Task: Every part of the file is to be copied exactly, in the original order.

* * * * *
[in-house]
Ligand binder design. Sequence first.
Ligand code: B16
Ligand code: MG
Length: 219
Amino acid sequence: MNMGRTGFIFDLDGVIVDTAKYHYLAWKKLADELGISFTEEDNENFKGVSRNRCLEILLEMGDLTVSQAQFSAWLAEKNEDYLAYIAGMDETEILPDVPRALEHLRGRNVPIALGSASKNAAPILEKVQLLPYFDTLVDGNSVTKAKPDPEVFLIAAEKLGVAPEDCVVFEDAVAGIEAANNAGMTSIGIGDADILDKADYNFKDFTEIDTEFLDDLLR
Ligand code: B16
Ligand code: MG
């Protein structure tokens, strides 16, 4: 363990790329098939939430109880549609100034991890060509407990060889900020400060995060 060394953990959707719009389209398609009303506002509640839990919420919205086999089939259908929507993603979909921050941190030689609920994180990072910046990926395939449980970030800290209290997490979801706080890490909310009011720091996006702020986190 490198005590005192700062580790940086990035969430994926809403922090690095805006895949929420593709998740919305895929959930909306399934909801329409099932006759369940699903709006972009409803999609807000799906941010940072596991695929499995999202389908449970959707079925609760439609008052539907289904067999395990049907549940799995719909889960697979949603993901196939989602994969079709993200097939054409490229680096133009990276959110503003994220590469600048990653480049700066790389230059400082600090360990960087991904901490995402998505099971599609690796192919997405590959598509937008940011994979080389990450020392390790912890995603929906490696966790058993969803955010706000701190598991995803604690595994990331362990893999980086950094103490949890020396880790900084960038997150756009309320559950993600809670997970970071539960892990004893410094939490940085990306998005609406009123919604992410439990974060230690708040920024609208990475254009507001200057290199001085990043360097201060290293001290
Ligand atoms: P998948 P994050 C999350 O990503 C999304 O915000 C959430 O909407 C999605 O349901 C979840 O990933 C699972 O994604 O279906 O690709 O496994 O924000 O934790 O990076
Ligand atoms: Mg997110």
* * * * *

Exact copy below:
[in-house]
Ligand binder design. Sequence first.
Ligand code: B16
Ligand code: MG
Length: 219
Amino acid sequence: MNMGRTGFIFDLDGVIVDTAKYHYLAWKKLADELGISFTEEDNENFKGVSRNRCLEILLEMGDLTVSQAQFSAWLAEKNEDYLAYIAGMDETEILPDVPRALEHLRGRNVPIALGSASKNAAPILEKVQLLPYFDTLVDGNSVTKAKPDPEVFLIAAEKLGVAPEDCVVFEDAVAGIEAANNAGMTSIGIGDADILDKADYNFKDFTEIDTEFLDDLLR
Ligand code: B16
Ligand code: MG
């Protein structure tokens, strides 16, 4: 363990790329098939939430109880549609100034991890060509407990060889900020400060995060 060394953990959707719009389209398609009303506002509640839990919420919205086999089939259908929507993603979909921050941190030689609920994180990072910046990926395939449980970030800290209290997490979801706080890490909310009011720091996006702020986190 490198005590005192700062580790940086990035969430994926809403922090690095805006895949929420593709998740919305895929959930909306399934909801329409099932006759369940699903709006972009409803999609807000799906941010940072596991695929499995999202389908449970959707079925609760439609008052539907289904067999395990049907549940799995719909889960697979949603993901196939989602994969079709993200097939054409490229680096133009990276959110503003994220590469600048990653480049700066790389230059400082600090360990960087991904901490995402998505099971599609690796192919997405590959598509937008940011994979080389990450020392390790912890995603929906490696966790058993969803955010706000701190598991995803604690595994990331362990893999980086950094103490949890020396880790900084960038997150756009309320559950993600809670997970970071539960892990004893410094939490940085990306998005609406009123919604992410439990974060230690708040920024609208990475254009507001200057290199001085990043360097201060290293001290
Ligand atoms: P998948 P994050 C999350 O990503 C999304 O915000 C959430 O909407 C999605 O349901 C979840 O990933 C699972 O994604 O279906 O690709 O496994 O924000 O934790 O990076
Ligand atoms: Mg997110």